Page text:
WASHINGTON — Agents for Independent Counsel Robert Ray have secured
late White House lawyer Vincent Foster’s computer hard drive and are
trying to recover files from it, WorldNetDaily has learned.
They’re also interested in the White House back-up tapes of Foster’s
C: drive, sources say.
Foster worked closely with first lady Hillary Clinton, his former
Arkansas law partner, and was dealing with Travelgate and the first
couple’s Whitewater tax returns before he died suddenly in 1993.
Sources familiar with the independent counsel’s ongoing investigation
into Whitewater — including the frantic, late-night search of Foster’s
West Wing office after his untimely death — say prosecutors are working
with FBI computer-forensics experts to retrieve data from Foster’s hard
Prosecutors also are asking White House witnesses about back-up tapes
to Foster’s hard drive, sources say.
A prosecutor in Ray’s office confirmed that the Foster case is still
open as part of the overall Whitewater investigation.
“That particular matter was a part of the Whitewater-Madison Guarantee
(Savings & Loan Association) jurisdiction,” Keith Ausbrook, senior counsel
to the independent counsel, told WorldNetDaily. “And we have not filed a
final report in that matter.”
Former Independent Counsel Kenneth Starr closed the investigation
into Foster’s death, ruling it a suicide. He concluded Foster shot
himself in the head on July 20, 1993, in Fort Marcy Park, using an
antique Colt pistol he’d concealed in an oven mitt. Starr ruled out foul
play, although a bullet was never found at the scene.
According to well-placed sources who insisted on anonymity — and who are
not within the independent counsel’s office — prosecutors did not recover
Foster’s hard drive from the White House.
The White House originally stored Foster’s computer in the West Wing,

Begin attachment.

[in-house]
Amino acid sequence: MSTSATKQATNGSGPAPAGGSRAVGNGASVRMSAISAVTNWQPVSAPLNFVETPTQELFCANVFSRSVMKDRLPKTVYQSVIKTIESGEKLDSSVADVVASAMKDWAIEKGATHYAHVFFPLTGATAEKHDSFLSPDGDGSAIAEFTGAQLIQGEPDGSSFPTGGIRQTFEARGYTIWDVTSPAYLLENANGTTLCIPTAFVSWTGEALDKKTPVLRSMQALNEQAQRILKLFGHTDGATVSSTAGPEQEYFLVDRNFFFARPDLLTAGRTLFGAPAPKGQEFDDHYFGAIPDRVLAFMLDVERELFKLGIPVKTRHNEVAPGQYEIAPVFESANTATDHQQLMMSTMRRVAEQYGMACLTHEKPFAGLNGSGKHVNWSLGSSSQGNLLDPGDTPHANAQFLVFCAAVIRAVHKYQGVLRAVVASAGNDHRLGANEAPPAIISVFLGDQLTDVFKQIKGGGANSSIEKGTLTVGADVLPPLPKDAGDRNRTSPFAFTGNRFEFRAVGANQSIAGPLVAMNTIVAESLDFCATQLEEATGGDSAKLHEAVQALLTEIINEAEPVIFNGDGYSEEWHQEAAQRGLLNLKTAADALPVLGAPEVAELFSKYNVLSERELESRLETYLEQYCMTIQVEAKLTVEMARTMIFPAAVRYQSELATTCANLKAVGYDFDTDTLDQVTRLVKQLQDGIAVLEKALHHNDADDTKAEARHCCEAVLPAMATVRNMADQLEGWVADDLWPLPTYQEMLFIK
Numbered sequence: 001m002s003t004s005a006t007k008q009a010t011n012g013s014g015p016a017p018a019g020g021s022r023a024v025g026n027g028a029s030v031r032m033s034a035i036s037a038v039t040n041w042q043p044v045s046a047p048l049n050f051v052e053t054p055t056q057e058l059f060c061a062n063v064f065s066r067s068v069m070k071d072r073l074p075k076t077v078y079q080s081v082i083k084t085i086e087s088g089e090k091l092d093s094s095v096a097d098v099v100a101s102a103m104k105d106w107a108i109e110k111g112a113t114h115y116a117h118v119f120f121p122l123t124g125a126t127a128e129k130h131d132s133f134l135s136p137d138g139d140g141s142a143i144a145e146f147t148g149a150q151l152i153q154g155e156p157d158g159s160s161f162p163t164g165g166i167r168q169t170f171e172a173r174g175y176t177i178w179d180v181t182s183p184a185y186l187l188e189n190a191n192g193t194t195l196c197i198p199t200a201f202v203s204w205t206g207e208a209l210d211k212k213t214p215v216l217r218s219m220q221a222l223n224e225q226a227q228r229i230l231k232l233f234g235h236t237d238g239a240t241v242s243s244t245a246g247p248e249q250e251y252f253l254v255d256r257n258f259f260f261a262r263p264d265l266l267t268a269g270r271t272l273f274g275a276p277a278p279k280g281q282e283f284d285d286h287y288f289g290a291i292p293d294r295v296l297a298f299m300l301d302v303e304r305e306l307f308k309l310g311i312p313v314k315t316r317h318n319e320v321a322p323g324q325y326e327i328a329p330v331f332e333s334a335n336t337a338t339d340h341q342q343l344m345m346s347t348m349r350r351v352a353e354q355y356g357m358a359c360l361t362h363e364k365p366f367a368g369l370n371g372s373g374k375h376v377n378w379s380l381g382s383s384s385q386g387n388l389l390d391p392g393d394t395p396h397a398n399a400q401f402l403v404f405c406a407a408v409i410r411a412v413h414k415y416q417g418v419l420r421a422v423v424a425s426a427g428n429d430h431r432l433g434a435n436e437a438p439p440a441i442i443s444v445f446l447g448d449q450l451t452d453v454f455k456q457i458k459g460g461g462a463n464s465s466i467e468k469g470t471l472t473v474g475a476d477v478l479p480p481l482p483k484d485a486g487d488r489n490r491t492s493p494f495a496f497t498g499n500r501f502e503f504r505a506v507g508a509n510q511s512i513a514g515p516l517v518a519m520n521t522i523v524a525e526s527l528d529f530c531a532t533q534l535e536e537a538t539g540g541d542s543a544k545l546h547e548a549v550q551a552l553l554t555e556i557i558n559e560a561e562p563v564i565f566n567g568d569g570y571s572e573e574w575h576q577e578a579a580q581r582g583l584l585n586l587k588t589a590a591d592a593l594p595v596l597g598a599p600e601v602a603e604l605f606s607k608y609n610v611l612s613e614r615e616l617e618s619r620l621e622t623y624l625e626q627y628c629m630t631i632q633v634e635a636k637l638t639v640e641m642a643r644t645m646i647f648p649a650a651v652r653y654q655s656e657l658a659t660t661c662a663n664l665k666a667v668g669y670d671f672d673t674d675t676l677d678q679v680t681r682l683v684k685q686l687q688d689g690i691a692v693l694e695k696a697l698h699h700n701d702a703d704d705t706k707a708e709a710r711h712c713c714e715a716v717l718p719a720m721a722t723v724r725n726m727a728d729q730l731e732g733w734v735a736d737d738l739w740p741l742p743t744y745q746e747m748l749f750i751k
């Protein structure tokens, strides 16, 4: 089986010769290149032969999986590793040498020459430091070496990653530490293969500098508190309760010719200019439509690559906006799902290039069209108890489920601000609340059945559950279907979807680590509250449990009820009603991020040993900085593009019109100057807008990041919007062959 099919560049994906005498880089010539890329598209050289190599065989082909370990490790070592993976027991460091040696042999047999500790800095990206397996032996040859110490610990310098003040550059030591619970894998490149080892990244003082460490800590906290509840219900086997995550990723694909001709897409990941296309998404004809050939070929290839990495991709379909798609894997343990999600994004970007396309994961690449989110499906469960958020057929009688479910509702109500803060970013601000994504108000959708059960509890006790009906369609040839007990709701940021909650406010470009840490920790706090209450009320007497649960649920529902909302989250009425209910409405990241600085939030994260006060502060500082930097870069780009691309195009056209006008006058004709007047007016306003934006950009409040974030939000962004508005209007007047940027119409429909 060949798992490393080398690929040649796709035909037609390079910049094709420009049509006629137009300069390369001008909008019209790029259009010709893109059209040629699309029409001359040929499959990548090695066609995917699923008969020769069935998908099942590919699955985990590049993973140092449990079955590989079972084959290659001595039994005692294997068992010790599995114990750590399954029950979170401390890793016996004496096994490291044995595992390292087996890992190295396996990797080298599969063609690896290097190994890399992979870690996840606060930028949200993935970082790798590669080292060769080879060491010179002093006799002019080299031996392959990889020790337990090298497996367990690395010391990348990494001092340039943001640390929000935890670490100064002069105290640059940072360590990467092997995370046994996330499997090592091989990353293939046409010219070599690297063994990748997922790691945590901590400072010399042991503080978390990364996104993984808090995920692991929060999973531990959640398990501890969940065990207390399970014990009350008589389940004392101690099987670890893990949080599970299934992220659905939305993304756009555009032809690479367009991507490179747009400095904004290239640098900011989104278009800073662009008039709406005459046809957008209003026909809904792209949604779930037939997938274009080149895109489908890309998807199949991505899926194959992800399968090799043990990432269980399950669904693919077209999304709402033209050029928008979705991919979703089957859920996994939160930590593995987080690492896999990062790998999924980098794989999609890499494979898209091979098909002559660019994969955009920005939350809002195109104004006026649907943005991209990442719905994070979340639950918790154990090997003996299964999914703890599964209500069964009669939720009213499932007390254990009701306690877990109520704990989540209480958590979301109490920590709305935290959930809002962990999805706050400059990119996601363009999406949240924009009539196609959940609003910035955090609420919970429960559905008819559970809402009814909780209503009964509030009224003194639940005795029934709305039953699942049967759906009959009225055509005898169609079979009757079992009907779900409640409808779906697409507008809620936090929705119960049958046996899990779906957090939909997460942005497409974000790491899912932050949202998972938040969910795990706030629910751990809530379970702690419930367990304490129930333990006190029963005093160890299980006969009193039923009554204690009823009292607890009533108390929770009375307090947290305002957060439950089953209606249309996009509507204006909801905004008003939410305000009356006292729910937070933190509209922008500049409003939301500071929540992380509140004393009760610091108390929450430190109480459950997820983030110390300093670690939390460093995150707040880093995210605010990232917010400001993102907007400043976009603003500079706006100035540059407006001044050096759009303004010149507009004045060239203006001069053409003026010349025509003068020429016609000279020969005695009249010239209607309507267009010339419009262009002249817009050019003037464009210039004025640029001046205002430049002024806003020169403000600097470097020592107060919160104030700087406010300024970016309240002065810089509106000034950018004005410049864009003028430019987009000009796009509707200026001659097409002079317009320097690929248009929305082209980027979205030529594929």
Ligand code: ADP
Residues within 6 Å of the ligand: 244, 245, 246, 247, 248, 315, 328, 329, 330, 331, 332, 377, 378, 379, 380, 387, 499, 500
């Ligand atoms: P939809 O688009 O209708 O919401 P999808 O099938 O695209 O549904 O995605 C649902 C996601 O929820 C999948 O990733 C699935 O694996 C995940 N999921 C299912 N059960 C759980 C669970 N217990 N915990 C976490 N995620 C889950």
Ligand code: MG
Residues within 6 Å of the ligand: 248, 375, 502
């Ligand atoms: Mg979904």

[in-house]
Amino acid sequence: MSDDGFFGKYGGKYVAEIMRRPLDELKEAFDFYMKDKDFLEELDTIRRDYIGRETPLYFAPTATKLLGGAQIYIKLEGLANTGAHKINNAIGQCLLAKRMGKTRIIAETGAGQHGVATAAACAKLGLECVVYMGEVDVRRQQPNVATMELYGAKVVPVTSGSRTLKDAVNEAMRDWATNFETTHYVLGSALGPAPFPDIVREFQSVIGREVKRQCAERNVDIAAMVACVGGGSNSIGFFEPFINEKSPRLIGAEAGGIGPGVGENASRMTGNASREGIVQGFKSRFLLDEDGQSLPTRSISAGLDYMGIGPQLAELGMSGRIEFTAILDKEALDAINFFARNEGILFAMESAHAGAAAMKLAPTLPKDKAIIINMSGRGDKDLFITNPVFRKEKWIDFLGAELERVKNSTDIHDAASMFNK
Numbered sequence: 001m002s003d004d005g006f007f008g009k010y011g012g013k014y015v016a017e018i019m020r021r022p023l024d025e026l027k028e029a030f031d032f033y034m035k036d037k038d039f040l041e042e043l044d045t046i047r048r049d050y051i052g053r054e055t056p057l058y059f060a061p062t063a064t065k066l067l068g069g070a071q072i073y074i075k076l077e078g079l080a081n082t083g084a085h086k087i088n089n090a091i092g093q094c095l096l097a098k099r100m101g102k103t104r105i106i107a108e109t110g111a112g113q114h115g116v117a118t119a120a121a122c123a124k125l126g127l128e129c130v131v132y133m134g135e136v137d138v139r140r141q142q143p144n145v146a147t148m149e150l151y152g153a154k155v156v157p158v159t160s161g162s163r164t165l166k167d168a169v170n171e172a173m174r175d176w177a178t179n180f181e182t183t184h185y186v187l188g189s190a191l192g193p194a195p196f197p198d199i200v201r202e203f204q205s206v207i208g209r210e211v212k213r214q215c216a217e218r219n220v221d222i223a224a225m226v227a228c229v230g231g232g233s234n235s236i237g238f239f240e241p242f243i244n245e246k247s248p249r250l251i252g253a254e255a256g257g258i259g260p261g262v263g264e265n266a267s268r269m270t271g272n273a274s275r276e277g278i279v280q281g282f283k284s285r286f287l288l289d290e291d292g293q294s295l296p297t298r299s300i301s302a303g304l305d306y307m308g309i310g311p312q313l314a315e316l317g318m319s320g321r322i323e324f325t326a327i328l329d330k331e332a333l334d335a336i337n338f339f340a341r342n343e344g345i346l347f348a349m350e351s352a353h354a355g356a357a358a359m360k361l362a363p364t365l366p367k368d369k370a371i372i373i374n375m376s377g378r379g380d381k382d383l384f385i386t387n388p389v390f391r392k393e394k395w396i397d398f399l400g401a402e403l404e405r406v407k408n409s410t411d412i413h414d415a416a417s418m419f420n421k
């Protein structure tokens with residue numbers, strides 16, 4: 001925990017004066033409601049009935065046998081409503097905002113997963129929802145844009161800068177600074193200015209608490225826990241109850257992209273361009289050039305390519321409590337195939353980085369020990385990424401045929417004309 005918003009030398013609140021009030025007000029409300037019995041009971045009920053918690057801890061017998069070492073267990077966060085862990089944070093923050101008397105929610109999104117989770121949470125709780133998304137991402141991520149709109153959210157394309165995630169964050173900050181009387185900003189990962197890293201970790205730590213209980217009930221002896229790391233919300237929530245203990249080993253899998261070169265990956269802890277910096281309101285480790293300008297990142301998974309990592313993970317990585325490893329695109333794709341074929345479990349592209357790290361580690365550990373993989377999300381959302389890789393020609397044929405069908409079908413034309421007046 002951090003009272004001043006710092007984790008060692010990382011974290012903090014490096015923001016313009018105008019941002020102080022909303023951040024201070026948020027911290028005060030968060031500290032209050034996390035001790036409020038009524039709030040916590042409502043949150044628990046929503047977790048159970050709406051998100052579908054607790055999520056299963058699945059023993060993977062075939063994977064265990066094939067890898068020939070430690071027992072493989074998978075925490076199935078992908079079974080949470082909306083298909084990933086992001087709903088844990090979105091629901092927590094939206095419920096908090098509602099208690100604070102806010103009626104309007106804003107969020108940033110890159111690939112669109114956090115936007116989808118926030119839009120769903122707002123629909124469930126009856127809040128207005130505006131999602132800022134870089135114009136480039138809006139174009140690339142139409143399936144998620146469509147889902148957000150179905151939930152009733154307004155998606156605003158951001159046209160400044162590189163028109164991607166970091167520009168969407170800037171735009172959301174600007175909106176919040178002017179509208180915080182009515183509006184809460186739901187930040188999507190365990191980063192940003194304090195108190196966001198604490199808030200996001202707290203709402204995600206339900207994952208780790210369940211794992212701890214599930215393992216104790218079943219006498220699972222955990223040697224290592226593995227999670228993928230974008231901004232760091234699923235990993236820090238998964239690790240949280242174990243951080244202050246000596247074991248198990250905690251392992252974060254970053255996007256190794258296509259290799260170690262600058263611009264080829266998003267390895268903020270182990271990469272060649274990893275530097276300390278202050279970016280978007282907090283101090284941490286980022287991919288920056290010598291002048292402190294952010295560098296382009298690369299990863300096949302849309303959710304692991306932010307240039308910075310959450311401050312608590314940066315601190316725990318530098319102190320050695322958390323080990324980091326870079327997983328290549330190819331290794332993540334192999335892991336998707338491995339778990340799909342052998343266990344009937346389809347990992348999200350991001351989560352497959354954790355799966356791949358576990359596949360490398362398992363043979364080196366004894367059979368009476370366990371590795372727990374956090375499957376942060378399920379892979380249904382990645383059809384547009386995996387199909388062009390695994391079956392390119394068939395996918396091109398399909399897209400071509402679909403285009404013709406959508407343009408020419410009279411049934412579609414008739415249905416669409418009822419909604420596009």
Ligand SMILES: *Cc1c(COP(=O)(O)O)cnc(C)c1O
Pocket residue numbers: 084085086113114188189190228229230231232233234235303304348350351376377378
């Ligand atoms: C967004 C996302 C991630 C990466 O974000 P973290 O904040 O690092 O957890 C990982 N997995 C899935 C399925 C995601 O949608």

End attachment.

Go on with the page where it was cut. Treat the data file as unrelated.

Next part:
but then moved it to the New Executive Office Building.
At least the external hardware is still there in a storage area,
wrapped in plastic. It’s labeled, with three-inch letters, “FOSTER’S
PC,” according to sources who have seen it.
At some point, Foster’s hard drive was removed.
James MacDonald, a Bush appointee who headed White House computer
operations, kept it in his office, sources say. Before he was replaced
in 1996, he gave it to another White House official, who kept it in his
office for awhile. He has also left the White House.
Sources say West Wing political appointees such as Patsy Thomasson
and Marsha Scott were not aware that Foster’s hard drive was floating
around at the New Executive Office Building, which is across
Pennsylvania Avenue from the White House.
It’s not clear if the Foster hard drive in the possession of Ray’s
office has been erased or wiped clean. If it has been erased or
reformatted, experts in computer evidence, using special software and
hardware, can still recover data from it.
But wiping a hard disk, which involves running a software process
that writes a series of 0s and 1s over characters in text files, renders
It’s also not clear if prosecutors have all or just part of Foster’s
hard drive. But they’ll know soon enough if they have fragmented data.
Officials who knew Foster have said in the past that he preferred
writing notes and memos by hand and was not known to use his computer
much for word processing. Whether he used it for spreadsheets or other
tasks is another question.
Also interested in Foster’s hard-drive tapes is U.S. District Judge
Earlier this month, he ordered the White House to search them for
information relevant to the Cara Leslie Alexander, or “Filegate,”
class-action suit against Hillary Clinton and other White House
officials. The FBI also is a defendant.
“The EOP (Executive Office of the President) shall search the
archived C: drives of the following individuals: William Kennedy,
Vincent Foster, Linda Tripp, Betsy Pond and Deborah Gorham,” Lamberth
He OK’d the following search terms for Foster’s tape:
“Background report,” “summary report,” “OPS (Office of Personnel
Security),” “(Billy) Dale,” “(Anthony) Marceca,” “update project,”
“personnel security,” “FBI data,” “FBI raw data,” “FBI reports,” “FBI
summaries,” “FBI background,” “FBI files,” “(Dennis) Sculimbrene,”
“James Baker,” “Marlin Fitzwater,” “BI,” “Privacy Act” or “Brasseux.”